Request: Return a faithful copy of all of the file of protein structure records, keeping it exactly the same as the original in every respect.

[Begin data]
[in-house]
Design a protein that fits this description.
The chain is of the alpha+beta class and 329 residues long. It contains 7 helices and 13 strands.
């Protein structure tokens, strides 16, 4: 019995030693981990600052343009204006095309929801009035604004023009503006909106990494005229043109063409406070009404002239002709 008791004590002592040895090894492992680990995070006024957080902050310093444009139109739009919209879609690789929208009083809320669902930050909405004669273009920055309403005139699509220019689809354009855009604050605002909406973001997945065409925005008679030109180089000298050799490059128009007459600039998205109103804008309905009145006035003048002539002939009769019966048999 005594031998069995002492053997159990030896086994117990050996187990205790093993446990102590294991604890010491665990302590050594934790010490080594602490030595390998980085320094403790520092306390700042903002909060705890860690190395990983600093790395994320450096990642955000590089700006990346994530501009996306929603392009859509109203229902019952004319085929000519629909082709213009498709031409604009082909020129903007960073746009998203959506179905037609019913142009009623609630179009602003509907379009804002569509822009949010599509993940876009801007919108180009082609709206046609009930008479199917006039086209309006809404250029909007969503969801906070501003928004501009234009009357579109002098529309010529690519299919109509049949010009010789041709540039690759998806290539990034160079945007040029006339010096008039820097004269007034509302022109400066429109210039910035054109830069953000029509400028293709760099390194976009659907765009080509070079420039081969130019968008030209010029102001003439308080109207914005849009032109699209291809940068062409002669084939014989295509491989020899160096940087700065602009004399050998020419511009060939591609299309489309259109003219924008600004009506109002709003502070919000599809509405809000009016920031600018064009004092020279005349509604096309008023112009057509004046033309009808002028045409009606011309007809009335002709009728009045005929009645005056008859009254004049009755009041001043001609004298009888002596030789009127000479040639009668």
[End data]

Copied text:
[in-house]
Design a protein that fits this description.
The chain is of the alpha+beta class and 329 residues long. It contains 7 helices and 13 strands.
């Protein structure tokens, strides 16, 4: 019995030693981990600052343009204006095309929801009035604004023009503006909106990494005229043109063409406070009404002239002709 008791004590002592040895090894492992680990995070006024957080902050310093444009139109739009919209879609690789929208009083809320669902930050909405004669273009920055309403005139699509220019689809354009855009604050605002909406973001997945065409925005008679030109180089000298050799490059128009007459600039998205109103804008309905009145006035003048002539002939009769019966048999 005594031998069995002492053997159990030896086994117990050996187990205790093993446990102590294991604890010491665990302590050594934790010490080594602490030595390998980085320094403790520092306390700042903002909060705890860690190395990983600093790395994320450096990642955000590089700006990346994530501009996306929603392009859509109203229902019952004319085929000519629909082709213009498709031409604009082909020129903007960073746009998203959506179905037609019913142009009623609630179009602003509907379009804002569509822009949010599509993940876009801007919108180009082609709206046609009930008479199917006039086209309006809404250029909007969503969801906070501003928004501009234009009357579109002098529309010529690519299919109509049949010009010789041709540039690759998806290539990034160079945007040029006339010096008039820097004269007034509302022109400066429109210039910035054109830069953000029509400028293709760099390194976009659907765009080509070079420039081969130019968008030209010029102001003439308080109207914005849009032109699209291809940068062409002669084939014989295509491989020899160096940087700065602009004399050998020419511009060939591609299309489309259109003219924008600004009506109002709003502070919000599809509405809000009016920031600018064009004092020279005349509604096309008023112009057509004046033309009808002028045409009606011309007809009335002709009728009045005929009645005056008859009254004049009755009041001043001609004298009888002596030789009127000479040639009668």